Select the appropriate weight matching your type of training and your fitness level. Lie down on an incline bench and secure your legs at the end. Grab the dumbbells with an overhand grip. As you are lying down, extend your arms and bring both dumbbells above your chest. Palms holding the dumbbells are facing each other. Your elbows are slightly bent.
With a slight bend on your elbows, lower your arms at both sides. Continue until your shoulders are at the same level with your wrists, your elbows slightly below your shoulders. Keep your wrists in the same position without any rotation. Contract the chest muscles as you go up to the stretch above your chest from the lower position. Continue going up (arm extension) until both dumbbells touch each other in the upper position. Maintain the correct stance without bending your back backwards (lumbar lordosis). Breathe in as you go down; breathe out as you go up.
Do not over overrate your capacity while selecting the appropriate weight. Be careful about correct positioning of your hands and keep your elbows slightly bent at all times, especially in the lower position. Make sure you avoid straining your lower back; both your chest and entire torso must be straight and firm all the way through. Eliminate using your upper trapezius muscles.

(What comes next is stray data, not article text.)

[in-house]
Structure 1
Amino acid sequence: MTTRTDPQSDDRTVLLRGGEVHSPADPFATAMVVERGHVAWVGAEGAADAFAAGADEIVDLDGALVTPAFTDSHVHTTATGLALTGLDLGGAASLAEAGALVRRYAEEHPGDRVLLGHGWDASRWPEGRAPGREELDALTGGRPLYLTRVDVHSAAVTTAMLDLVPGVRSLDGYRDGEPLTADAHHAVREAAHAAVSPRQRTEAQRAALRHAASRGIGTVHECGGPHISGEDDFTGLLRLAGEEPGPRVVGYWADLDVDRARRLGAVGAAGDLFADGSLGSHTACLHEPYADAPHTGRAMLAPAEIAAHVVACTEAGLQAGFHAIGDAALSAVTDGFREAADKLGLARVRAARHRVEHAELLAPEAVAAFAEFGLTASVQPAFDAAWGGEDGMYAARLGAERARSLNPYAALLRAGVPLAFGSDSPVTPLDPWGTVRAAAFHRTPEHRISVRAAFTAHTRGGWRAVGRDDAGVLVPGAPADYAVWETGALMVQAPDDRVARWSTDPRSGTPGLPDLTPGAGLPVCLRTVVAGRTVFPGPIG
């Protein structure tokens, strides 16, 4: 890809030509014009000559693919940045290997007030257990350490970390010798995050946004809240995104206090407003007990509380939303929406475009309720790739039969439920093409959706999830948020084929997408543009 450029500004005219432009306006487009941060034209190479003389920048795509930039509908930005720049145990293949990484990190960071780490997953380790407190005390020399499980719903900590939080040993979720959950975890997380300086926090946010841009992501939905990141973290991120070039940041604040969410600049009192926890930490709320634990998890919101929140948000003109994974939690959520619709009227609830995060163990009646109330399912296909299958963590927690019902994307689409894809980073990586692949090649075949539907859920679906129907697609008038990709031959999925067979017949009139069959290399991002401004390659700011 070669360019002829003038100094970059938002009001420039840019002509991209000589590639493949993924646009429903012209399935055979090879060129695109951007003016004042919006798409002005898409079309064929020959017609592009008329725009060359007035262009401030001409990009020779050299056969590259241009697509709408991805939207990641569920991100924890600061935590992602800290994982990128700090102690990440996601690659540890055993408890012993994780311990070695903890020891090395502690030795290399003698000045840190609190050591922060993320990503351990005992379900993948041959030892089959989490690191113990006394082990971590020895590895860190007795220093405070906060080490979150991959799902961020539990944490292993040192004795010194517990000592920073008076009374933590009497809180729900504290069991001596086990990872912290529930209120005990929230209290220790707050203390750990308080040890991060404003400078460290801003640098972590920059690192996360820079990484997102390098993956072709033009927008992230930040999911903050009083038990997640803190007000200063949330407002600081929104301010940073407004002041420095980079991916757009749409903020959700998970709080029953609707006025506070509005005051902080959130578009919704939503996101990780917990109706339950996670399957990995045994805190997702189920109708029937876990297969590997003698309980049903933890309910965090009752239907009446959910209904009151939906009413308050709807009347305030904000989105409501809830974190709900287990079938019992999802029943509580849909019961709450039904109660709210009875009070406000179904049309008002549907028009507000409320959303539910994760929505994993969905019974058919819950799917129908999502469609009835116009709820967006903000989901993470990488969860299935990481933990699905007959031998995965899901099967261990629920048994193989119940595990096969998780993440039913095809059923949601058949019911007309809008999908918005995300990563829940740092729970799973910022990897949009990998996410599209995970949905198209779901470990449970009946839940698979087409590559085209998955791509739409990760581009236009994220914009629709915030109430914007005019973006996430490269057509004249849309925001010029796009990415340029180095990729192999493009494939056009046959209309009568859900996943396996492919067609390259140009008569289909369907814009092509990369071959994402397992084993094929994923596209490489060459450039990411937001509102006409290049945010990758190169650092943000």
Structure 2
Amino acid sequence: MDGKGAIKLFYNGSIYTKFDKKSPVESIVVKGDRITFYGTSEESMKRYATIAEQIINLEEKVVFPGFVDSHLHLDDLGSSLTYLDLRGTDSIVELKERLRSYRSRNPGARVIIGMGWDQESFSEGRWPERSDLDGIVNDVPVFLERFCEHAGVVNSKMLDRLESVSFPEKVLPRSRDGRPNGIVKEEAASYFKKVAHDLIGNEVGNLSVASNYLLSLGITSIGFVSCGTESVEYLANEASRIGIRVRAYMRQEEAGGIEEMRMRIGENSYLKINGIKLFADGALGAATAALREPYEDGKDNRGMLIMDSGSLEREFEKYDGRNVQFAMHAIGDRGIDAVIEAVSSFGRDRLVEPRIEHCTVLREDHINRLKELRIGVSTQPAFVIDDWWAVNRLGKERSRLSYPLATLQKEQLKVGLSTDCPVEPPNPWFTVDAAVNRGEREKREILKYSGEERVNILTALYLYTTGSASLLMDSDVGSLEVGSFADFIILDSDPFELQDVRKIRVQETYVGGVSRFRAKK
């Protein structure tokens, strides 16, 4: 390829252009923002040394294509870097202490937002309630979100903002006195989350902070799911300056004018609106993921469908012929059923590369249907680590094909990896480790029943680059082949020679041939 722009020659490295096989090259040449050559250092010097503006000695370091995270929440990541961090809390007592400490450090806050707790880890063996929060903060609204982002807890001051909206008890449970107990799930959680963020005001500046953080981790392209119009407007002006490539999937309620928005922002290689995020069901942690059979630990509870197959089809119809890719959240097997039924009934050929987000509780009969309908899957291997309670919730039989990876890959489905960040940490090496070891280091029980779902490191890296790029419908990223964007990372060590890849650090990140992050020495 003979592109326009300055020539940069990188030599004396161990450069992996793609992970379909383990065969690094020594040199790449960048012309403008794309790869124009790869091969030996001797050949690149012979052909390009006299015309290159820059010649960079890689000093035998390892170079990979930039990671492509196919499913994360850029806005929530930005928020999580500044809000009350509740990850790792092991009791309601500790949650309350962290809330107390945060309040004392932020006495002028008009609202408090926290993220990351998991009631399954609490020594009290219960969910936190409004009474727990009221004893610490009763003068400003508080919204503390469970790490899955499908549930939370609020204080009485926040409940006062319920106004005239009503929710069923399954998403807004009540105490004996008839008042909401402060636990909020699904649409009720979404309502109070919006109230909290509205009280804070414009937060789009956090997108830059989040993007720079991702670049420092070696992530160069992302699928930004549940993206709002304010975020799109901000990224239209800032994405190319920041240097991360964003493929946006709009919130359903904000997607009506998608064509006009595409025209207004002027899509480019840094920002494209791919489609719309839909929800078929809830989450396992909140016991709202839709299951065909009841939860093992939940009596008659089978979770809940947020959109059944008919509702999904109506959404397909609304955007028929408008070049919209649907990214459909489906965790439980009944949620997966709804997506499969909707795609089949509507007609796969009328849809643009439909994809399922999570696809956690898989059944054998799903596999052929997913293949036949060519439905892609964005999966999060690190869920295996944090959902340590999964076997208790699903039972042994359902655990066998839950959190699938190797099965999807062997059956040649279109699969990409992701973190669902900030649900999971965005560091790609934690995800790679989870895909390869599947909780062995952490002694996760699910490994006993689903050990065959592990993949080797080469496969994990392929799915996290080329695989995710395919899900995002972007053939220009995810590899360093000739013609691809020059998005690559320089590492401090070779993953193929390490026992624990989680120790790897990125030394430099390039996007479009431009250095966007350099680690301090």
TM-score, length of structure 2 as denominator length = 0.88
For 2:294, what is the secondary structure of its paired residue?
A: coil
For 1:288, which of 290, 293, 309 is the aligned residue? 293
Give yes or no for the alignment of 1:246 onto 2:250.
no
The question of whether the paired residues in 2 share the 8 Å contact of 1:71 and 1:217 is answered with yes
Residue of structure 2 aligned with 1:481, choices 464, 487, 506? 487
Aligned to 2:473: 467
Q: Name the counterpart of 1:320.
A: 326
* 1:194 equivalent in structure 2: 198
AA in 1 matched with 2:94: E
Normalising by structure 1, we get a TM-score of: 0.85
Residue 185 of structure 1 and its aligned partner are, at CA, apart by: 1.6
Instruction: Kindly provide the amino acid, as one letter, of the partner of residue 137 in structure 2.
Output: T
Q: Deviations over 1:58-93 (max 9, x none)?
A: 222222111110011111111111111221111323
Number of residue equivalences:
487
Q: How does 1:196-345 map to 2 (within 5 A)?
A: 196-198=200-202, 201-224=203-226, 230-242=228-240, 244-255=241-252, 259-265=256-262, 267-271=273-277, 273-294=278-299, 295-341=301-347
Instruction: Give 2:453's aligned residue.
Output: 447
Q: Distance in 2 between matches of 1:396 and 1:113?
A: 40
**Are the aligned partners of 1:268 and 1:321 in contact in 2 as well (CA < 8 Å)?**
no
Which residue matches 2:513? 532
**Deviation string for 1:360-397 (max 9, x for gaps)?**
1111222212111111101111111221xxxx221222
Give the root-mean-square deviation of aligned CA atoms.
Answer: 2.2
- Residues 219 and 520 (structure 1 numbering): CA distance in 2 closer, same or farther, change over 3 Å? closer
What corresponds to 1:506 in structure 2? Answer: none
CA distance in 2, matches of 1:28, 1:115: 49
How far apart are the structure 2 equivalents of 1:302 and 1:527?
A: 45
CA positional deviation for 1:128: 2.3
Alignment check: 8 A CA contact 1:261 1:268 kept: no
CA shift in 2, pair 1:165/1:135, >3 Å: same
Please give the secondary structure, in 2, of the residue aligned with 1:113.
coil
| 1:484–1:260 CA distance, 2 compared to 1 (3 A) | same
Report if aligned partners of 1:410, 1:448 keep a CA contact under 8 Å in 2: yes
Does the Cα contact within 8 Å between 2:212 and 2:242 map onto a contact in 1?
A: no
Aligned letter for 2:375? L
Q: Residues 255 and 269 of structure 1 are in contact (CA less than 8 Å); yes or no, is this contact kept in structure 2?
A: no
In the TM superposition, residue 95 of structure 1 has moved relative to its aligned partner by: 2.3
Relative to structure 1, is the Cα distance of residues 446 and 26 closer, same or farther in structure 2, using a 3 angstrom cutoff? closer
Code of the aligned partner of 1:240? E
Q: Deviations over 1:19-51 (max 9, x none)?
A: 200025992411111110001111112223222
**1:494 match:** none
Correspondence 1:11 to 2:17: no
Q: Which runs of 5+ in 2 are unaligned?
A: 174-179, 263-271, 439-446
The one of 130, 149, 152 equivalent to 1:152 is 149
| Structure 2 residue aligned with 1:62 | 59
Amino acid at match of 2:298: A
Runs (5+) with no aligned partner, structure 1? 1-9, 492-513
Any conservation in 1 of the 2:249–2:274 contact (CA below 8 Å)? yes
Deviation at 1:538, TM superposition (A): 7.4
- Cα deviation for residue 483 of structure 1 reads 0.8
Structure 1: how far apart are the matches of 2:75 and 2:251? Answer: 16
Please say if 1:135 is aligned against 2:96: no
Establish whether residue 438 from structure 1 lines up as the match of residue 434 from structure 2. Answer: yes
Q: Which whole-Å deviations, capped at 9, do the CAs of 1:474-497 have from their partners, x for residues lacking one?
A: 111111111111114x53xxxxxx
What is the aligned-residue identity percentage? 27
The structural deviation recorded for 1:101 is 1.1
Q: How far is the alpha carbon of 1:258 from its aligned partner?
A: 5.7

It is advised to use a spotter, especially if you are working out with heavier weight. Choose the number of repetitions to match your training type.
Decline dumbbell flyes are supposed to strengthen the inner lower part of pectoralis (chest) muscle.
The movement itself is damaging the shoulder joint and rotator cuff. Out of that, a study by Barnett and colleagues from 1995 showed that decline bench has no advantages over flat bench – the lower pecs are better worked on flat bench.
If you still wish to do this exercise pay special attention to how deep do you lower the dumbbells. Do not lower them too much, this is exactly the position creating huge stress on your shoulders.
Keep pressure on the muscles during the whole set.